Analyst Prediction: Microsoft Will Develop For Linux - InformationWeek

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Analyst Prediction: Microsoft Will Develop For Linux

Meta Group advisory strikes some as unrealistic; Microsoft denies plans to develop for open-source operating system.

Meta Group's prediction that Microsoft will introduce software for the Linux operating system in 2004 strikes many as outlandish, but some logic resonates in the bold forecast.

Meta, which released its advisory to clients on Monday, predicted that Linux will be used on nearly half of all new servers by 2006-2007, more than double its estimated 15% to 20% share today. With those numbers, Meta made the jump to the prediction that Microsoft can't afford to ignore Linux as a platform for database, Web services, and E-mail server applications.

"We believe that, beginning in late 2004, Microsoft will begin moving some of its proprietary application enablers to the Linux environment; this will gradually include the major Microsoft back-office products, such as SQL Server, IIS Internet Information Server, and Exchange," the consulting firm said.

Microsoft flatly denied any plans to develop for Linux.

"Microsoft will not be engineering server software expressly for Linux, and continues to make its strategic bets on the Windows platform," said Peter Houston, senior director of Microsoft's server group.

"It's purely economics," said Dale Kutnick, Meta's chief research officer and the editor of the advisory. "Our belief is that Microsoft is more of an economic animal than a religious zealot." He pointed out that such characterizations mean that when faced with realities, Microsoft will do everything possible to maintain its revenue streams, including staffing the open-source Linux with its software.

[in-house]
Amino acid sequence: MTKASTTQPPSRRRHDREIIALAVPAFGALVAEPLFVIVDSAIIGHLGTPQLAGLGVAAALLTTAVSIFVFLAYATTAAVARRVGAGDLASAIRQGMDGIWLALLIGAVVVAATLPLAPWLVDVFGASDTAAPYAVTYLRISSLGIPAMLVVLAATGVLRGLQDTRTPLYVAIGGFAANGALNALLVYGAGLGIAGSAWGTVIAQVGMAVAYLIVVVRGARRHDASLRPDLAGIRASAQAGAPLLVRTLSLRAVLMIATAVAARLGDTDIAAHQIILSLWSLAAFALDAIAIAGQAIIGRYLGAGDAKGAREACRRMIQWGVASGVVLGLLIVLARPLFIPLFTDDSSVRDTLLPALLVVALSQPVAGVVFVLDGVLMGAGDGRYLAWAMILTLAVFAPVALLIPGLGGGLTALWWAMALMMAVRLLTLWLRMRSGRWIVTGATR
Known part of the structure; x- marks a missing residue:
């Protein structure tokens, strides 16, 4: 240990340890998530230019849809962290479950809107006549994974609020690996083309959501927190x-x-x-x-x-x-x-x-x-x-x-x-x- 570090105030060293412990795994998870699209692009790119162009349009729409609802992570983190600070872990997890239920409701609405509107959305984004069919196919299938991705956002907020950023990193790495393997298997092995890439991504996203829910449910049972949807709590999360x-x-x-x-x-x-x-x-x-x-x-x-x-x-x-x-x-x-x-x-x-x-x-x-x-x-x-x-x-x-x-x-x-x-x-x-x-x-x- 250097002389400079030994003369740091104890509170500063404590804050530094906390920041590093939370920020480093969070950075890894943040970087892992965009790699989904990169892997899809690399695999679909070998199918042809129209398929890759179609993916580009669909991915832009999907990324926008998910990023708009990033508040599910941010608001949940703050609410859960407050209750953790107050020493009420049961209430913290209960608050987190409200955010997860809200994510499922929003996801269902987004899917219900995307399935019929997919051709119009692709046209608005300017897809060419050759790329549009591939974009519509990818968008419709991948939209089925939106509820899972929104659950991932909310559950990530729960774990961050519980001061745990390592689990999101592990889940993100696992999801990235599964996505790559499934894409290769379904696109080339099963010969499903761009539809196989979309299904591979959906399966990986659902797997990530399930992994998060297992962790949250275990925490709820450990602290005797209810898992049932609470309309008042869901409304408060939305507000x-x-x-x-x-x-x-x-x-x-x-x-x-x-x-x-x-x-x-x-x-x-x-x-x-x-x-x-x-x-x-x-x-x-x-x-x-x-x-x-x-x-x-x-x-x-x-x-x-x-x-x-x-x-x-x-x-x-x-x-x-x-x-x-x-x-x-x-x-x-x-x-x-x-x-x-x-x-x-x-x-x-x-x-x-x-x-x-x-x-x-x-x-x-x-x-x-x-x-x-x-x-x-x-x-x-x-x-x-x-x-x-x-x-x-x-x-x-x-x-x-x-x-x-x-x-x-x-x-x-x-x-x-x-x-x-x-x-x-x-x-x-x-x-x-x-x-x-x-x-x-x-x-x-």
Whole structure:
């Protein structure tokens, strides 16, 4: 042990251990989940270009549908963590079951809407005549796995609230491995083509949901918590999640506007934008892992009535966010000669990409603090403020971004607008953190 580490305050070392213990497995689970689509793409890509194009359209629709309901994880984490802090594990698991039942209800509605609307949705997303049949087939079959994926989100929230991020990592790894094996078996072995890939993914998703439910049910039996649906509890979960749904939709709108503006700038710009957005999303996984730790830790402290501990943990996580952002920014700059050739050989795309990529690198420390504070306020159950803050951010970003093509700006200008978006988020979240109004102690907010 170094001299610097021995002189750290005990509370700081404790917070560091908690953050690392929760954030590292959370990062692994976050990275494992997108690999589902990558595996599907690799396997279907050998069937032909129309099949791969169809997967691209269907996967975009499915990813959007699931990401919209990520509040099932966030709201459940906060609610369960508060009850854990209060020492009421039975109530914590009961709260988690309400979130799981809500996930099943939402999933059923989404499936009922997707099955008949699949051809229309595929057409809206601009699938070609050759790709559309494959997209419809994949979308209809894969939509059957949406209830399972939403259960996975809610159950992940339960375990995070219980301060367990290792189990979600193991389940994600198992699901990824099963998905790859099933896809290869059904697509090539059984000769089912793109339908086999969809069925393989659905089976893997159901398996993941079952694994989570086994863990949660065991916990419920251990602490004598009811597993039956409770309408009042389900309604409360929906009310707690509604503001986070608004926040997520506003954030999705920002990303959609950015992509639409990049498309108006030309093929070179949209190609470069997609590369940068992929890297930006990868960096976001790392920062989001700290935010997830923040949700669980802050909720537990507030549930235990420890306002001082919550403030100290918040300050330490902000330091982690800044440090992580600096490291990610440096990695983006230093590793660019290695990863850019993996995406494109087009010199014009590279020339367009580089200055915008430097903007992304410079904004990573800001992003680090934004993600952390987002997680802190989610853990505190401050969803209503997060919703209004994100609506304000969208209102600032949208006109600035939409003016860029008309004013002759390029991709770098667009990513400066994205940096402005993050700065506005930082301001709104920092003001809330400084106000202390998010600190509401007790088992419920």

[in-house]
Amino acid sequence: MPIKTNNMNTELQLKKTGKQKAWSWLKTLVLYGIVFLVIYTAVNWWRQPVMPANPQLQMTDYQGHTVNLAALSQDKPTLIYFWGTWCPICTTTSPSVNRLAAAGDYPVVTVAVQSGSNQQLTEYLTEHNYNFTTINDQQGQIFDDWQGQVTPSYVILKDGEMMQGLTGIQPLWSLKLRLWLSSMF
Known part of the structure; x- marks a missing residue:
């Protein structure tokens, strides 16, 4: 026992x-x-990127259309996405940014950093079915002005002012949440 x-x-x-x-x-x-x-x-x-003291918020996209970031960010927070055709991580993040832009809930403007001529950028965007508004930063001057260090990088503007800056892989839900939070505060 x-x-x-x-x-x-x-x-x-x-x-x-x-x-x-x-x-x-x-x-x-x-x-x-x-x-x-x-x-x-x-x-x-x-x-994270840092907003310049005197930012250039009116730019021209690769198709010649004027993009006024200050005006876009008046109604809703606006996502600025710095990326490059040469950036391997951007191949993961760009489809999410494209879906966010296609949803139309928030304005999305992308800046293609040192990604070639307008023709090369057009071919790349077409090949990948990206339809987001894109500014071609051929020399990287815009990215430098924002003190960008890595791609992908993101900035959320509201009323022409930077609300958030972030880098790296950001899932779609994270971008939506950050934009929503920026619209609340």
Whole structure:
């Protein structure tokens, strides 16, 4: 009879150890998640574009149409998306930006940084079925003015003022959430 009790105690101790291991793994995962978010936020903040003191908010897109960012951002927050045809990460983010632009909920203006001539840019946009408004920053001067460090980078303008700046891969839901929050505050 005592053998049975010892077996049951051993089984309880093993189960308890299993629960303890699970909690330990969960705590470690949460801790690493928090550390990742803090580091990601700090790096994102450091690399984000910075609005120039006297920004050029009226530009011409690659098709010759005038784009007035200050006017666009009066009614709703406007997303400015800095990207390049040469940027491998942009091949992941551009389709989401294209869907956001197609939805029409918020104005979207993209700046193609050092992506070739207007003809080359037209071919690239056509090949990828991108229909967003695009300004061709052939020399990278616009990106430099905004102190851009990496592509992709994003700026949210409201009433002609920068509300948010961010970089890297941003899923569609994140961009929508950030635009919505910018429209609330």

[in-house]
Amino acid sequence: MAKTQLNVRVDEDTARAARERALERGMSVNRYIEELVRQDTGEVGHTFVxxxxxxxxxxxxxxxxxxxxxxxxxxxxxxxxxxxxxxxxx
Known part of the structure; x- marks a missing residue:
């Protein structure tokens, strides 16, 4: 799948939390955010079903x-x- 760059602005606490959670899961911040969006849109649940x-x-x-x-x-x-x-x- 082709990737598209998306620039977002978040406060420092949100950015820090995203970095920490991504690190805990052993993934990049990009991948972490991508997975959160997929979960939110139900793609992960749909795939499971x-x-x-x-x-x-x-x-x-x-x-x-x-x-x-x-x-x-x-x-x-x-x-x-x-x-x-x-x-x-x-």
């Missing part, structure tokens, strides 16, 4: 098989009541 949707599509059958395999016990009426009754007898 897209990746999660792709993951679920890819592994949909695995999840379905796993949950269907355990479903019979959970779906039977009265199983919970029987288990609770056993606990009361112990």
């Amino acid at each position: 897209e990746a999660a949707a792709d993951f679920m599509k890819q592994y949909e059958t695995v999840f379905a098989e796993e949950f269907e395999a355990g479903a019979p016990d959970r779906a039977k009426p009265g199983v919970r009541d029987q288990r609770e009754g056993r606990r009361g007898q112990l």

"If you buy into our prediction that Intel-based Linux servers will have 40% to 45% of the market in the next four years--and all of us here are convinced of that--then you have to think that Microsoft has to do something," he added. "There's simply too much money to leave on the table."

Additionally, Meta believes that Microsoft will re-price or separate its Windows server operating system into kernel and "add-on" components "so it can be favorably compared against 'free' Linux."

"This will be a pre-emptive strike by Microsoft," Kutnick said. As Linux hits its stride--Meta Group figures that will be in the second half of 2003 and the first half of 2004--Microsoft will have to react to Linux's perceived lower cost by making such moves.

But other analysts aren't buying any of this. Michael Cherry, analyst with Directions on Microsoft, an independent firm that tracks all things from Redmond, was amused by the prediction. "I see no evidence that this is even being considered at Microsoft," he said.

"People think that Microsoft has unlimited resources, but that's simply not true," Cherry said. He sees the whole idea of Microsoft moving server software to Linux as "such a can of worms I'm not sure that they can even do it."

But Cherry's reasoning is based strictly on economics.

"I don't see any return for Microsoft's shareholders," he said. He's not convinced that Linux users will pay, or pay enough to make it commercially viable. "If Meta is proposing that commercial companies such as Microsoft or IBM or HP will sell Linux software as a retail package, I just don't see a community that will let this happen."

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